cindy wang
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Let me say in detail what I'd like to do:
Method A
{
update to LDAP
}
Method B
{
update to Oracle
}
Method C
{
call method A;
}
So if I define both update to LDAP and update to Oracle in a
 
cindy wang
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Sorry , last message is a typo. From my understanding, it seemed that Dave think I will use bean-managed transaction. What I really mean:
Method A
{
update to LDAP
}
Method B
{
update to Oracle
}
Method C
{
call method A;
call method B;
}
A, B and C are methods of session bean.
Case 1: If I use stateless bean with container-managed transaction, what tran attribute shall i set for A, B and C? Should I use "RequiresNew" for C, "Required" for A and B? How to keep integrity between LDAP and Oracle? Or I have no way to do this because LDAP doesn't support tran and rollback except bean-managed tran?
Case 2: If I use stateful bean with container-managed transaction implementing SessionSynchronization, what tran attribute shall i set for A, B and C?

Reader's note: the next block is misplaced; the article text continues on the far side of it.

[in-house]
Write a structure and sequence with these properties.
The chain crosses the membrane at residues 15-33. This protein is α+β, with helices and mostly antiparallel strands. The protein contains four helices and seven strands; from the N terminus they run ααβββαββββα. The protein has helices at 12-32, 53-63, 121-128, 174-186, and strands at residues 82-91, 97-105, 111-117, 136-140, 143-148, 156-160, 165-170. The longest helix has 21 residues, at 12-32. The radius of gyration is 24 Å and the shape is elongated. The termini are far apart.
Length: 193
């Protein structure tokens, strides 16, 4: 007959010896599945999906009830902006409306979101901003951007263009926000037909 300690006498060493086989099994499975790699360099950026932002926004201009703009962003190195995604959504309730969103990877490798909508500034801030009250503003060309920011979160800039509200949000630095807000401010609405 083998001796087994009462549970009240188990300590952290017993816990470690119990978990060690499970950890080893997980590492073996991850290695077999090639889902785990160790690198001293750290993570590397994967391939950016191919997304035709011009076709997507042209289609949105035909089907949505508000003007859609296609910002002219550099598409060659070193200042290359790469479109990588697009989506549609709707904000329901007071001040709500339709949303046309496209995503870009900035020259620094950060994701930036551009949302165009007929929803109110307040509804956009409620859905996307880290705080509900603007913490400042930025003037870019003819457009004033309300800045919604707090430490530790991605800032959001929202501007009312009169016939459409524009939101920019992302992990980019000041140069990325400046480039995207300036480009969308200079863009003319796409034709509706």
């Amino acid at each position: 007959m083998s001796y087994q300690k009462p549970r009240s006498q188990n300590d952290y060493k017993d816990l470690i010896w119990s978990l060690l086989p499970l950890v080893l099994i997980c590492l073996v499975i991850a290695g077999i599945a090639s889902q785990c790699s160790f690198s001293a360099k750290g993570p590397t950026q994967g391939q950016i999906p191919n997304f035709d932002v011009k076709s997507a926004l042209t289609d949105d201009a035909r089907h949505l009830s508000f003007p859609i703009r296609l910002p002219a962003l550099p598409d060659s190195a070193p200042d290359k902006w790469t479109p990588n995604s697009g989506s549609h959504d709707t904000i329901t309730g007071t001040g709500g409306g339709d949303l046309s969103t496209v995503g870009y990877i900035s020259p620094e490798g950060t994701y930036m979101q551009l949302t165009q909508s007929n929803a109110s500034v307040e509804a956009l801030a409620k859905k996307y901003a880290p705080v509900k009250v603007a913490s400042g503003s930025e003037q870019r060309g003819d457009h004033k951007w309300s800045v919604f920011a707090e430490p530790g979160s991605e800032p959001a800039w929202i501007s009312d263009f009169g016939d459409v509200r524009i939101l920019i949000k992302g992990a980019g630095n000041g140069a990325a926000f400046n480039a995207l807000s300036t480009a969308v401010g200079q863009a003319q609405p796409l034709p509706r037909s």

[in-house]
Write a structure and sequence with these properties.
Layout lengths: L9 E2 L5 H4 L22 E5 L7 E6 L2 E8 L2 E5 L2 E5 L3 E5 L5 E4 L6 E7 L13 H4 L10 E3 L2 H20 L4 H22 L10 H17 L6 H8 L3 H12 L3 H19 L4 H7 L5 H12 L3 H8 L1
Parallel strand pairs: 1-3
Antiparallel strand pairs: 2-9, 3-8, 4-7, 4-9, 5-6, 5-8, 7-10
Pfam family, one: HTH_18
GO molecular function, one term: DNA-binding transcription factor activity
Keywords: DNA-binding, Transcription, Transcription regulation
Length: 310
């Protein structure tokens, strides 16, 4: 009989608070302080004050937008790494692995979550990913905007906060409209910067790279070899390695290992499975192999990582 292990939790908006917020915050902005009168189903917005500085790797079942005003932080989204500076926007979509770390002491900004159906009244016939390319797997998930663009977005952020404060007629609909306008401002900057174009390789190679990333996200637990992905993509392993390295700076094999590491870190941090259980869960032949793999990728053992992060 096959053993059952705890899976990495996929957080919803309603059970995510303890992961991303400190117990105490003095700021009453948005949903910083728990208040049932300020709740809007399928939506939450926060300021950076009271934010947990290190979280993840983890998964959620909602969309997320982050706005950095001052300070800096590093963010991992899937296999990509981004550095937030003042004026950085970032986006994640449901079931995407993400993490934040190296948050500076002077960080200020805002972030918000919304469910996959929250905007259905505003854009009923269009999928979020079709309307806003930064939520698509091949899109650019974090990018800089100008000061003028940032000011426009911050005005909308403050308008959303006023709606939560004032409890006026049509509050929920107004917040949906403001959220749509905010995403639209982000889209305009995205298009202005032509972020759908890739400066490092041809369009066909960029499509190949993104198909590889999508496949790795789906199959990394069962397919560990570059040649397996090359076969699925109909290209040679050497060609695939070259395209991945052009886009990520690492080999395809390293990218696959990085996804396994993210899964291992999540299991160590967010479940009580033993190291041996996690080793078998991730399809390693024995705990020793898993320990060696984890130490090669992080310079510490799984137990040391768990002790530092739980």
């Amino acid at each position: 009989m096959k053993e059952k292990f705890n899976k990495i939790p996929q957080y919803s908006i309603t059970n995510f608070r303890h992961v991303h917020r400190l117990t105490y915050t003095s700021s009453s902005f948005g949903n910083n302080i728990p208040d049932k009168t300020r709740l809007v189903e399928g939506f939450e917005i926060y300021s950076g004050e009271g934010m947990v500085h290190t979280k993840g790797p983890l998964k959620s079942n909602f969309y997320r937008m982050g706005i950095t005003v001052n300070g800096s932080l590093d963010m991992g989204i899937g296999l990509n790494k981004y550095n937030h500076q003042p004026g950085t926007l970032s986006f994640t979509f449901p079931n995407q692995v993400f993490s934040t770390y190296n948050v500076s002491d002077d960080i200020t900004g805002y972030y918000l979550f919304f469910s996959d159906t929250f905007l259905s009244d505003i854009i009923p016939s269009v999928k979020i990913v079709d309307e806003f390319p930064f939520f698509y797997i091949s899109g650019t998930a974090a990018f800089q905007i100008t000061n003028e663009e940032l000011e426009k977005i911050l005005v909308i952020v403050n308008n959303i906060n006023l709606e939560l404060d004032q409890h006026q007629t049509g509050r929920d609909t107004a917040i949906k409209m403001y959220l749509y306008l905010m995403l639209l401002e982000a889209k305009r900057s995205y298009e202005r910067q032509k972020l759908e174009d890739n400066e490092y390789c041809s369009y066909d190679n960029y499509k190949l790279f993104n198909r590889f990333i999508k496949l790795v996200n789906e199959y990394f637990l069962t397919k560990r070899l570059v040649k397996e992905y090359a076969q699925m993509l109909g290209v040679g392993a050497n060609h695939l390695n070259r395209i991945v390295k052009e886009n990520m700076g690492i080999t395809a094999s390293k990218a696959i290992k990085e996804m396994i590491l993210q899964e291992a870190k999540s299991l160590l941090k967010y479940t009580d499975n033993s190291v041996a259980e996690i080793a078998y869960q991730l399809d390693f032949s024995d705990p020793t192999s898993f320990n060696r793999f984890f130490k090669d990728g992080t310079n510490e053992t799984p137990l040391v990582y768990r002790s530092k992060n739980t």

Thanks for your kind help and I am frustrated with this for a long time.
 
Dave Landers
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If you use the SessionSynchronization technique, you will have to use CMT.
For some reason, the stateful requirement put you off, so you asked what else you could do. Well, the only other things you can do are to actually interact with the transaction manager directly. Actually, I don't think you can do what you want with stateless bean and BMT - maybe not even stateful bean with BMT. I think you must go deeper (or use SessionSynchronization).